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The Bangladesh Environment Ministry is now pursuing action to close the Savar Tannery Industrial Estate until sufficient water treatment facilities can be put in place but this decision would cause more problems than it could solve. Tom Hogarth reviews the situation.
In August, ILM contributor Sam Setter wrote: “I have written over and again that the CETP in the Savar tannery cluster is a total disgrace. Until now, nobody in government and industry alike has been willing to look reality in the eye and take the necessary decisions. Everybody is walking around the cake, without taking a bite out of it.”
Undoubtedly, this has been the feeling across the industry from those directly involved or supporting the progress at Savar to tanners watching from afar – it’s about time. To provide some context for the irreversible effects of the tanning complex remaining open without a sufficient common effluent treatment plant (CETP), the Bangladesh Department of the Environment tells us that, in the last three years, the estate has dumped around 160,000 cubic metres of waste into the Dhaleshwari river.
This is a catastrophic level of pollution and, furthermore, fleshings and trimmings dumped into nearby fields have undoubtedly caused further issues by leaching into and contaminating groundwater. Italian bio-stimulant producer ILSA has submitted a proposal to take over waste management at the complex, with the intention of recycling it into biogas and fertilisers but, at this stage, there is no reason to believe this arrangement will materialise in time to solve the pollution issue.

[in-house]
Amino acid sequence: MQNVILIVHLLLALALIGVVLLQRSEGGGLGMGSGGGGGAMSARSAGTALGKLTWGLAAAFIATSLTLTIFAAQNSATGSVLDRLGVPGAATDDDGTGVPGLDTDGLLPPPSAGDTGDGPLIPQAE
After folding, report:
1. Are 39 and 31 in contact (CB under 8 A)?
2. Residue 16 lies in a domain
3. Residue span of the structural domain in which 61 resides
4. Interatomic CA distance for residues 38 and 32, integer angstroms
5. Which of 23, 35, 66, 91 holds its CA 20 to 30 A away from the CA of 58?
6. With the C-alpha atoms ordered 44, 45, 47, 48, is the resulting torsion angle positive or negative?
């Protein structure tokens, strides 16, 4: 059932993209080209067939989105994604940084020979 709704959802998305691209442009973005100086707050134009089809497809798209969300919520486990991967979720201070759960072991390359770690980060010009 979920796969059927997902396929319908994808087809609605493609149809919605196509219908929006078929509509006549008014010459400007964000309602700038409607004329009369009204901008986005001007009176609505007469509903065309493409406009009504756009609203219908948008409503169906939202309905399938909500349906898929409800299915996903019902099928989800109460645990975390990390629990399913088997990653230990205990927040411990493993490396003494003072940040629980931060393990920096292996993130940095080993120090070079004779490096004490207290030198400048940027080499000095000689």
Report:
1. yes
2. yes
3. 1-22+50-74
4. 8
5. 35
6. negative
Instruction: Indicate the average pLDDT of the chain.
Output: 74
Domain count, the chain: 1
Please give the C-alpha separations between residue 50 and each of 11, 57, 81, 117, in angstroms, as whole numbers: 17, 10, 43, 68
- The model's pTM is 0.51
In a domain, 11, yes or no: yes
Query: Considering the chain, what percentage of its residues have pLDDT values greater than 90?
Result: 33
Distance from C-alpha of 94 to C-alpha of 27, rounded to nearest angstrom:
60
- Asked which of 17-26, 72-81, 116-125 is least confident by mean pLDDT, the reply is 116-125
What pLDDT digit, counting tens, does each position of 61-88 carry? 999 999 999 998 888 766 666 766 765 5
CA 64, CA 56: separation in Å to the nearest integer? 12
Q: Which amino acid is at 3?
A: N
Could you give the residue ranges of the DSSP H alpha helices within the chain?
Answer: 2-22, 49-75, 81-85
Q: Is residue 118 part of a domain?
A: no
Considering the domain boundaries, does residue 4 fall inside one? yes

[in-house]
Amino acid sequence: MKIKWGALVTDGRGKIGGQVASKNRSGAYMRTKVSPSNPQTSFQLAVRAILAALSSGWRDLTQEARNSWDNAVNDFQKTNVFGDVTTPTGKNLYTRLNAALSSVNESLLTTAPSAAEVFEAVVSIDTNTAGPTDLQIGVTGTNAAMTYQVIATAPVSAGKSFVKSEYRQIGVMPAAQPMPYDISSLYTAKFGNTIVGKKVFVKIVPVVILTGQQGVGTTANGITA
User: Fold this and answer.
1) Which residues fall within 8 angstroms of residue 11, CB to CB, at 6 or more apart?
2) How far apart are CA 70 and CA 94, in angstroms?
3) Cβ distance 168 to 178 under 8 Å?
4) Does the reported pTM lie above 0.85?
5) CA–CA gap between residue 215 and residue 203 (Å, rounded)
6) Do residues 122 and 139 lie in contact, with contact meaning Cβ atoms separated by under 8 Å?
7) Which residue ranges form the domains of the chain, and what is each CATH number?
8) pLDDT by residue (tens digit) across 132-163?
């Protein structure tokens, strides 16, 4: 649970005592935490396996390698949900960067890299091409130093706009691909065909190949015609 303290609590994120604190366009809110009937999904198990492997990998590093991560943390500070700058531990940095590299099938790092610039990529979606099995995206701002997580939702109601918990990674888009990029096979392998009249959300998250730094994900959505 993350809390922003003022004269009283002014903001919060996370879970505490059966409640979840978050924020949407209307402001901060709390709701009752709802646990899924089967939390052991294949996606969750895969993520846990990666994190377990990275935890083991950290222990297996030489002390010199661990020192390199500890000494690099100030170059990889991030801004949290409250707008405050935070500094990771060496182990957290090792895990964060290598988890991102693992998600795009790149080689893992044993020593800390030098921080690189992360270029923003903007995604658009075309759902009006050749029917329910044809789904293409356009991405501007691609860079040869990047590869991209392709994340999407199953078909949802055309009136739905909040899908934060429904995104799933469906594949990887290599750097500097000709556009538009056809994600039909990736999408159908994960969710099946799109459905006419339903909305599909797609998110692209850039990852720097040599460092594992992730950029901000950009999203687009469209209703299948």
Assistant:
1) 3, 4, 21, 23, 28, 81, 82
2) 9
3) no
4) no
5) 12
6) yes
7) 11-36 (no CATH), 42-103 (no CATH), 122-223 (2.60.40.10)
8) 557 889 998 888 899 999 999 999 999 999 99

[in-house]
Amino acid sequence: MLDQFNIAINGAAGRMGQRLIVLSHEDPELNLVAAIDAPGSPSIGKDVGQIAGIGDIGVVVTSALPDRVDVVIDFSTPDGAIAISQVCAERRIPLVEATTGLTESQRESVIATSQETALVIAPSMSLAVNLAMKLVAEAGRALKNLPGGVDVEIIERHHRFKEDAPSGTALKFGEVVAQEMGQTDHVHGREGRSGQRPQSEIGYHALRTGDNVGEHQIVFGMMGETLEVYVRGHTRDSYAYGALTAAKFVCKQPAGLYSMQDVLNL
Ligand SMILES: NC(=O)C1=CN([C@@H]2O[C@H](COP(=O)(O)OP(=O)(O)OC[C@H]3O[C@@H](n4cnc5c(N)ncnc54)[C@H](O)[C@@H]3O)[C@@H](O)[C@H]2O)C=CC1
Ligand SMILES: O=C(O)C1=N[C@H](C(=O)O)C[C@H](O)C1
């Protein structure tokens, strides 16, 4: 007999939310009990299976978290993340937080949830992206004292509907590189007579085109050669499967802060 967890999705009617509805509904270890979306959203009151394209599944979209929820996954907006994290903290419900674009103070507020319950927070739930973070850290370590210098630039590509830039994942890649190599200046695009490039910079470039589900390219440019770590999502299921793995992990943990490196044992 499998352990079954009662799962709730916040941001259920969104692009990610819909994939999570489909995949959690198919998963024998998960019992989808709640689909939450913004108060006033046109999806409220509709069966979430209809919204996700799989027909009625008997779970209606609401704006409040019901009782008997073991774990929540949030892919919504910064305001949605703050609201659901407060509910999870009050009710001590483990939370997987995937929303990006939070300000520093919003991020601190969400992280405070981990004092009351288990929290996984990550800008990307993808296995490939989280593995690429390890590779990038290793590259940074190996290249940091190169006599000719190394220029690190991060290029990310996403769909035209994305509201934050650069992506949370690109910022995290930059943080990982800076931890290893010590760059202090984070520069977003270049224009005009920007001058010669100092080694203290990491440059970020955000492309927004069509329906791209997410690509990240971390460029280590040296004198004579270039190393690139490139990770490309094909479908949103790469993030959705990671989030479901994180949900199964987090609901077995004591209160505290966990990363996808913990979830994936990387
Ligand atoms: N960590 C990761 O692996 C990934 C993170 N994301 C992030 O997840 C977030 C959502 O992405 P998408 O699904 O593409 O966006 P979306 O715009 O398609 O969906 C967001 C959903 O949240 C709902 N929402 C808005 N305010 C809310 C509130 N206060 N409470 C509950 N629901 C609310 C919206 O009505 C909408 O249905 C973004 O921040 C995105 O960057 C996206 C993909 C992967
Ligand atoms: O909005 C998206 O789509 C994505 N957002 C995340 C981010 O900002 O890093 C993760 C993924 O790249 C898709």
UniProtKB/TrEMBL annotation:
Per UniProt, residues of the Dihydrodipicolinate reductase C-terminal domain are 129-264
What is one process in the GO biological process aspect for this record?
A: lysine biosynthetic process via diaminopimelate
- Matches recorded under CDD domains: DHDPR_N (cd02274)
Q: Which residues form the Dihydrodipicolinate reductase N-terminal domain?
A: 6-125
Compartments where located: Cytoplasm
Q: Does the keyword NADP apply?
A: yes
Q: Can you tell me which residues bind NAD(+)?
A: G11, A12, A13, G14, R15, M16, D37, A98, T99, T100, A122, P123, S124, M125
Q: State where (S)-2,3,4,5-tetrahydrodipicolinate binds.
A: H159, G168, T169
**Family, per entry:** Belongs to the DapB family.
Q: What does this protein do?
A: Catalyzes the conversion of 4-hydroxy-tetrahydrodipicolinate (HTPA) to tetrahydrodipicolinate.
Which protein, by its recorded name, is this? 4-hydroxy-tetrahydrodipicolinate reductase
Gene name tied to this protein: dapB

After all, the government has already spent enough time sitting on or rejecting significant project proposals that would have entirely turned around the pollution disaster, producing a tannery complex that would not only be compliant with international regulations and norms, but also aid in rejuvenating the Bangladesh tanning industry and giving it credibility on the global stage.
The closure of the Savar tanning district would certainly halt continuing pollution, but it will do nothing for the businesses that made a huge investment in relocating to the site from Hazaribagh. Not only would this likely doom those businesses, but it would not solve the issue.
As Setter said: “The call to temporarily close the Savar area is a no-go as the tanneries that invested a huge amount of money to move from Hazaribagh to Savar would be bankrupt as they have huge debts with their banks, and let’s not forget they have a workforce to maintain. Who is going to maintain the thousands of families if the area shuts down?
“The government must understand that the Savar CETP is finished as it is, but it is non-functional, hence it needs to be updated and integrated. That’s why they should put money on the table to make this happen and avoid that the money lining people’s pockets!”
In September, the Bangladesh Tanners Association expressed concern about the Bangladesh Bank’s offer to reschedule loans repayments until December, claiming that it would only benefit tanners who have good relationships with their commercial banks. With no reported financial support for those businesses closed along with the Savar estate, these companies will have scant ability to continue working when or if the tannery complex reopens.
Between the decision earlier this year to establish a central rawhide storage facility on the outskirts of Dhaka and now this move to recommend closure of the tannery complex by the Environment Ministry, it is possible that a trend of proactivity could result in genuine change in the Savar situation. However, the history so far teaches us that this is unlikely. It is far more likely that we will reach the 20th anniversary of construction beginning on the site (2023) without seeing any significant progress, and this would be a tragedy for the industry and the environment.
This article was corrected on 14/12/2021 to make it clear that the Savar tanning complex is not yet confirmed to be closed down and production on the estate is still taking place according to local sources.
Tom Hogarth, Deputy Editor